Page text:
Threatened by the white-nose syndrome, habitat loss and roost destruction, bats need help. They are a vital component of all terrestrial ecosystems of the world and contribute to insect control, including species that are agricultural and forestry pests.
The Zoo de Granby is a member of the Québec Bat Recovery Team since its creation in 2014.
A network of around 30 artificial roosts in the Montérégie and Estrie regions is inspected annually. Many of these bat houses are located in or near Boisés Miner in Granby, where two of them showed the first sign of occupancy since their installation in 2018.
In our winter bat refuge, tens of bats are received each year since 2016. The latest spring release of the bats concluded a successful season, with the highest survival rate since the refuge’s opening.
Many myths and false information are wrongfully associated with bats. This is why many efforts were made over the years to inform and help the public : direct assistance for people finding bats indoor or that are injured, media appearances, creation of educational panels and outreach tools for stakeholders, etc.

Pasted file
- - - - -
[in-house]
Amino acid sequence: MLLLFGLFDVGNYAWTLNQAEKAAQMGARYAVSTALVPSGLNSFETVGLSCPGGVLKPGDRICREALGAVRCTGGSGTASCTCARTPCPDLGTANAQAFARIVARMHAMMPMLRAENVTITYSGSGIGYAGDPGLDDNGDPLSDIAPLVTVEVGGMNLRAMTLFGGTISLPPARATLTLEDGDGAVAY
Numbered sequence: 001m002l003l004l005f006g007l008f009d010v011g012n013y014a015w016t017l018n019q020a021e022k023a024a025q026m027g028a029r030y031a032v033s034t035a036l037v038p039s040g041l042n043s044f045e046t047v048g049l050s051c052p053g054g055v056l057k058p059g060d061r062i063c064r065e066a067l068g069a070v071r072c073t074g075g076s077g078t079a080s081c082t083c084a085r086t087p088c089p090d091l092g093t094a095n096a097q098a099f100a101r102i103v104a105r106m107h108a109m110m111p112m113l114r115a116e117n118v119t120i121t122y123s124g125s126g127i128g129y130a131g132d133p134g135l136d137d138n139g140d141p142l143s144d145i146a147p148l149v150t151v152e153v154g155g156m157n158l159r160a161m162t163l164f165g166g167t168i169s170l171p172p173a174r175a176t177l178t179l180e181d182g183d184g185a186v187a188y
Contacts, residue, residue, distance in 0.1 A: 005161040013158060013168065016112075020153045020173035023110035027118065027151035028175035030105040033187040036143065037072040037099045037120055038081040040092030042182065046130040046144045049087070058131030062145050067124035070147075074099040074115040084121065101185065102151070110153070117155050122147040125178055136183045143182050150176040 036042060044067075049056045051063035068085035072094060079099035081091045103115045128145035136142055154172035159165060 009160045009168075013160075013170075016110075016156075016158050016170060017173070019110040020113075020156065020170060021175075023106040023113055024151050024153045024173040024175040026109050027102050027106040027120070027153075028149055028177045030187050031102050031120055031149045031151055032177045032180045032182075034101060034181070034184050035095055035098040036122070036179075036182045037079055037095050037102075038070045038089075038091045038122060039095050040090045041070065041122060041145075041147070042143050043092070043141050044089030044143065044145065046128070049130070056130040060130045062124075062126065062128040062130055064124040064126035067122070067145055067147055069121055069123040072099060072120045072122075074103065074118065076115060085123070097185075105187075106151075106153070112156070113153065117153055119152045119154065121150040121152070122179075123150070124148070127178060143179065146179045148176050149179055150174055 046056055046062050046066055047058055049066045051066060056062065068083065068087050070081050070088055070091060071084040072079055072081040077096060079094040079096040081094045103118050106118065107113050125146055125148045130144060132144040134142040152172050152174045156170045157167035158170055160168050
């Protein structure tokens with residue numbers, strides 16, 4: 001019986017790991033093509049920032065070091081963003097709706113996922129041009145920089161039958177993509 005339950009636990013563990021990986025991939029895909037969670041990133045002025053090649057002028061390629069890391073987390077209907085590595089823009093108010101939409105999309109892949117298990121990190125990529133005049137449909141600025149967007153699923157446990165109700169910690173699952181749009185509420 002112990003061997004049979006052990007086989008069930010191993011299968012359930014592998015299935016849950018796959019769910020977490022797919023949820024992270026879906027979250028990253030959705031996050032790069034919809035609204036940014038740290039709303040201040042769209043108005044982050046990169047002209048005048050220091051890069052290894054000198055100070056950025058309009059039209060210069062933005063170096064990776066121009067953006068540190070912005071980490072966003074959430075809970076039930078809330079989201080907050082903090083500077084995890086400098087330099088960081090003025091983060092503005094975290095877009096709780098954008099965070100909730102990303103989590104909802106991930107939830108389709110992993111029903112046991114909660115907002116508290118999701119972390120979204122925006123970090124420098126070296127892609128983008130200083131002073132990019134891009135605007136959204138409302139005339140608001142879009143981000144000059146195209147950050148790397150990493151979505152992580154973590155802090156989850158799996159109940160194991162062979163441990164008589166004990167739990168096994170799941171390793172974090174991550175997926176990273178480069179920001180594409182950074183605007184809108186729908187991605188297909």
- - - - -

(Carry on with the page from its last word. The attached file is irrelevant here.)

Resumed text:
Vision of the future
Based on its expertise, the Zoo de Granby is engaged in long term conservation of bats. Knowledge acquisition will continue through recurring roost monitoring and targeted acoustic inventories. The collaborative approach with pest control professionals will be deepened through consultative and training activities. Up to 2023, the Montagnes Vertes region (in Estrie and eastern Montérégie) will be a priority for the Zoo and its collaborators as part of an important conservation program. Finally, partnerships with the cities of Terrebonne and Farnham will lead to natural forested lands management based on the presence of bats.
If you have bats on your property, you can contribute to research by registering the colony on the Neighborhood Bat Watch website. The site also contains useful information to help and learn about bats.